Last Saturday was our Annual Christmas Buffet. Seven of us meet up, sometime near Christmas, to have a ‘home-made’ Christmas Buffet, pull crackers (or this year, we had to make our own crackers), play silly games and mull over the past year, and many Christmases before that. The seven of us have known each other for many years, through multifarious connections, that cross-over, interlink and double-back on themselves; a bit like those children’s games where you had to trace the end of piece of string, from a bundle of pieces of string.
Last year, we all took ‘Goodie Bags’ home, prepared by Gwyn. This year, she organised a Bran Tub. I certainly got a present that was just made for me. No, not a tea towel; better than a tea towel at this point of the Blog. It was a book called ‘Lost in Translation’; you will hear a lot more about ‘Lost in Translation’ in future Blogs.
We don’t play games that challenge our imaginations, like Charades, or games that make us think, like Trivial Pursuit. Last year, we played Racing Santas, with wind-up little Santas that race against each other along the table. This year, we progressed to the more intellectual ‘Christmas Bingo’, with a chocolate coin as a prize for a ‘full house’, only awarded if you remember to shout “Christmas Bingo” AND Reindeer Hoopla where someone sits with an inflatable set of antlers on their heads while everyone throws inflatable hoops and tries to hook them on the antlers. This is a game of skill; it is difficult, however, to demonstrate that skill while you are crying with laughter.
In quieter moments, in between chomping our way through Pigs in Blankets, Liz K (of Guest Tea Towel fame in http://www.virtualteatowelmuseum.com) asked me how many tea towels I had left that I needed to blog about, as long as they didn’t increase in number. Liz K has read every single blog that I have written; I think she was getting desperate, needing to know how long this torture would last. “I don’t know, possibly 200” I said (the actual figure is about 214, give or take a few). In the past, Liz K has commented that she had learnt a lot about me through the Blog, a lot more than when I was at work; she has described the Blogs as ‘an autobiography that isn’t in order yet’. She took me by surprise by asking if there were any tea towels that were too painful to write about. Instinctively, I said “yes” although I’m glad she didn’t ask which they were, because I couldn’t bring them to mind then. But I knew there were some. I have thought about her question a lot; I have looked down the list of those tea towels yet to be blogged about. There are still some U.T.Ts (Unidentified Tea Towels) and some that will just result in very short stories but the hardest now are the remaining ones, six in all, from my holiday in Canada in 1988. It is curious; why are those so painful, after all, I have already written about tea towels that are associated with sadness and death, missing people……..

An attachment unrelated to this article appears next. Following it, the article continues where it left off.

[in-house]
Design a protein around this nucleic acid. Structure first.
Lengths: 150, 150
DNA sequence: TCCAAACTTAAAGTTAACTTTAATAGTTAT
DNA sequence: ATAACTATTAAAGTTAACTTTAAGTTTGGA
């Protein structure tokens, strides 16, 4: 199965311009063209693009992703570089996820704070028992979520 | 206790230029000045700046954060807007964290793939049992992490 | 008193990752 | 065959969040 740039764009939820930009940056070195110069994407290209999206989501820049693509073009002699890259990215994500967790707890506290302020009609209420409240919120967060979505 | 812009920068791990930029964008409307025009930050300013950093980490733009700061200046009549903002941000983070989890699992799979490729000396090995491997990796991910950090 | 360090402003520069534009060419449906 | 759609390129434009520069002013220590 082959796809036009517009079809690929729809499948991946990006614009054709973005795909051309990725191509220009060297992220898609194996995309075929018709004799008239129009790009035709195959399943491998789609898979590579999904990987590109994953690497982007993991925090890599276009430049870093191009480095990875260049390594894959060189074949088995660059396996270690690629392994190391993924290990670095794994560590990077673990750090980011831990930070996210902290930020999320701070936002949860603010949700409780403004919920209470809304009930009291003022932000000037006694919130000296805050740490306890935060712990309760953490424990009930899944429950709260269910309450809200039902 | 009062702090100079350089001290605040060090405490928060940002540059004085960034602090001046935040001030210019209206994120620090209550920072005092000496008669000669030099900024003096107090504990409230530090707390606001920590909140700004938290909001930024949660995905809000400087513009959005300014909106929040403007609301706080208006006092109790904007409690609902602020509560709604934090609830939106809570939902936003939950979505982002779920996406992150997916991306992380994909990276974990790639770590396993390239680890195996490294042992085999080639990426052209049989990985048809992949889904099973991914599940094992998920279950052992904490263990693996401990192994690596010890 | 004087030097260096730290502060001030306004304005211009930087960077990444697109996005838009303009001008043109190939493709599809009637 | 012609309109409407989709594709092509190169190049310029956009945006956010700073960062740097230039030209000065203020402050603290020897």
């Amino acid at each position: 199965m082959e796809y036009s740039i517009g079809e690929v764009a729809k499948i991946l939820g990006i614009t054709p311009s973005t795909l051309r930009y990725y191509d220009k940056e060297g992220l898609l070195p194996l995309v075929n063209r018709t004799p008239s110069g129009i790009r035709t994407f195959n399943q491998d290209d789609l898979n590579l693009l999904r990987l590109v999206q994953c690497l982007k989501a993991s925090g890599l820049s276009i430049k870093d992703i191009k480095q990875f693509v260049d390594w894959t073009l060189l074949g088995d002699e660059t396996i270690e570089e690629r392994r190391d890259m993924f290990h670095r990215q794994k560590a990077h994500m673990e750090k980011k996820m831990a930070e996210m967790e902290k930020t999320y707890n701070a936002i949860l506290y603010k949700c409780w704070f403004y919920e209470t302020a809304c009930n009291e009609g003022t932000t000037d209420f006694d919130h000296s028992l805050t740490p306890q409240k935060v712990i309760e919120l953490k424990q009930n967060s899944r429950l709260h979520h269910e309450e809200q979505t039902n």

My holiday in Canada in 1988 with John, my late husband was amazing; it introduced me to slightly more adventurous holidays; it was very emotional because John was able to meet his youngest brother, Sam, who had emigrated many years previously with whom he had lost touch; it gave me the chance to see such a wonderful country that I have always longed to return to. And, Canada was the ‘Land of Tea Towels’. Wherever you went there were tea towels; and I bought a good few of them. I have already written about Niagara Falls (two tea towels in a Blog dated 11 July 2015, Butchart Gardens (two tea towels in a Blog dated 3 September 2015) and the Museum of Anthropology in Vancouver (three tea towels in a Blog dated 9 April 2016). The fact is, that if I finish the Blogs about Canada 1988, it will be the end of that holiday, that experience, that story and maybe the end of blogging about John. Sure, I’ve gone on about him quite a lot, and there are other places that we went on holiday to that I have still to Blog about. But, for me, there was something special about that holiday, I like the memories, I want them to continue. Let’s face it, that holiday was 30 years ago, pull yourself together and get on with it, Barbara.